A survey by app development tools maker Apigee found that nearly half (44 percent) of mobile users will delete an app immediately—even if they paid for it—if it doesn’t perform as advertised.
The survey, which included users of apps from all mobile platforms, also revealed that more than a third (38 percent) will delete an app if it freezes for longer than 30 seconds. Another 18 percent will ditch an app if it freezes for just five seconds.
“What we were trying to find out was what were the main reasons why someone would stop using an app,” Apigee developer platform Vice President Ed Anuff said in an interview. “What we saw was that it really came down to quality and performance before anything else.”
He added that for many developers, performance takes a backseat to other considerations, such as design. “In our interactions with a lot of developers, we were not seeing that that was being generally understood as a first priority,” he said.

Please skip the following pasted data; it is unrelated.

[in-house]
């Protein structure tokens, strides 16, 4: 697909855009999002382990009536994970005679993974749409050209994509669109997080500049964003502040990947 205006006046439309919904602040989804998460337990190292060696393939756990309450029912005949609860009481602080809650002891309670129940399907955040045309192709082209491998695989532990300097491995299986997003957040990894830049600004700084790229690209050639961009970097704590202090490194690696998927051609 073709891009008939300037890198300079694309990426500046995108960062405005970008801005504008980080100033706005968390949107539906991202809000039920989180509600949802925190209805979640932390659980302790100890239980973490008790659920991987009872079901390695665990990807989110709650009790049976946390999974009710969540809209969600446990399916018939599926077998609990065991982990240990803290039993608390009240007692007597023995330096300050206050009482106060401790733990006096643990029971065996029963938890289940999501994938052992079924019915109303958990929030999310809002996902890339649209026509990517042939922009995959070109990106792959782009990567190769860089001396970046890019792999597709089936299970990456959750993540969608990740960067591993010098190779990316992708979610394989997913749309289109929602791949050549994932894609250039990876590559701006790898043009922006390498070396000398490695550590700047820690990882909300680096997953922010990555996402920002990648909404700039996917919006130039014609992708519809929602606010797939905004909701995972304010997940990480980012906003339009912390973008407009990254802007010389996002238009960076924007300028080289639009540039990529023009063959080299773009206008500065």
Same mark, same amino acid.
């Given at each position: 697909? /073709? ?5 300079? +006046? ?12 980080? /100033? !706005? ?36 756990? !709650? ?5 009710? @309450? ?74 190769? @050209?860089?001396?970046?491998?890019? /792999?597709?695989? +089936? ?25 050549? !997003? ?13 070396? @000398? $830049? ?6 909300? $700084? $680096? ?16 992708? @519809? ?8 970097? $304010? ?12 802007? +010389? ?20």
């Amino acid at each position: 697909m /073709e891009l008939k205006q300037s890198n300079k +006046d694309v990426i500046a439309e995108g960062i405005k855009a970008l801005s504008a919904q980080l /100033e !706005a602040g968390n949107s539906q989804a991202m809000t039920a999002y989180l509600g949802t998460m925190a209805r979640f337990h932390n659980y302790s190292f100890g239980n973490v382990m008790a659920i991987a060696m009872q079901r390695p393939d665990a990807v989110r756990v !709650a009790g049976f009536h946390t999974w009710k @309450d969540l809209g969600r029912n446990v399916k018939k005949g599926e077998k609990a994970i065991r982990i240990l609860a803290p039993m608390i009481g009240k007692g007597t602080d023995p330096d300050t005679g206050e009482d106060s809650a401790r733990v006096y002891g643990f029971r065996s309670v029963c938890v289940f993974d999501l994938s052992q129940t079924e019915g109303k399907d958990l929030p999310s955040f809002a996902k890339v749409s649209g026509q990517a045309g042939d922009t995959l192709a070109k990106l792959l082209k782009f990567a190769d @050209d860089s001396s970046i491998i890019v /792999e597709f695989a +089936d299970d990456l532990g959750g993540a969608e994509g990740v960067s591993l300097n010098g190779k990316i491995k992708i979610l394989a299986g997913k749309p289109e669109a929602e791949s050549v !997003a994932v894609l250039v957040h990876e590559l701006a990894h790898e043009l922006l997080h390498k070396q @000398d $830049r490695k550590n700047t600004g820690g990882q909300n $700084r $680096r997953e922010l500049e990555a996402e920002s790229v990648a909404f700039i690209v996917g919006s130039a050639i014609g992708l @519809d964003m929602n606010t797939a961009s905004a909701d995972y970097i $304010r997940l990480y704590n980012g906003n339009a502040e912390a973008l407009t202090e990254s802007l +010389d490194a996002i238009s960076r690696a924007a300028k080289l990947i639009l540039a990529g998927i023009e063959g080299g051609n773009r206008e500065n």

“Developers have been prioritizing the user interface and initial attractiveness over the basics, and that’s probably not a smart thing to do.”
Heightened concern about performance by the 500 U.A. mobile apps users 18 and older participating in the survey suggests some troubling news about the existing mobile software market, according to Anuff. “We were able to validate and verify that a lot of these apps are just very buggy,” he said.
What do app users expect from developers when problems arise in their software? According to Apigee’s survey, most users (89 percent) want problems fixed quickly. Nearly two thirds (65 percent) of those surveyed wanted an easy way to get their money back if they’re dissatisfied with an app, and almost half (46 percent) wanted a personal response to their problems with an app.
The survey also asked consumers about how they discover apps. The top method cited by the respondents (75 percent) was periodically searching app stores. That was followed by word-of-mouth (58 percent), Facebook postings (45 percent), reading news stories and blogs (26 percent), and Twitter (14 percent).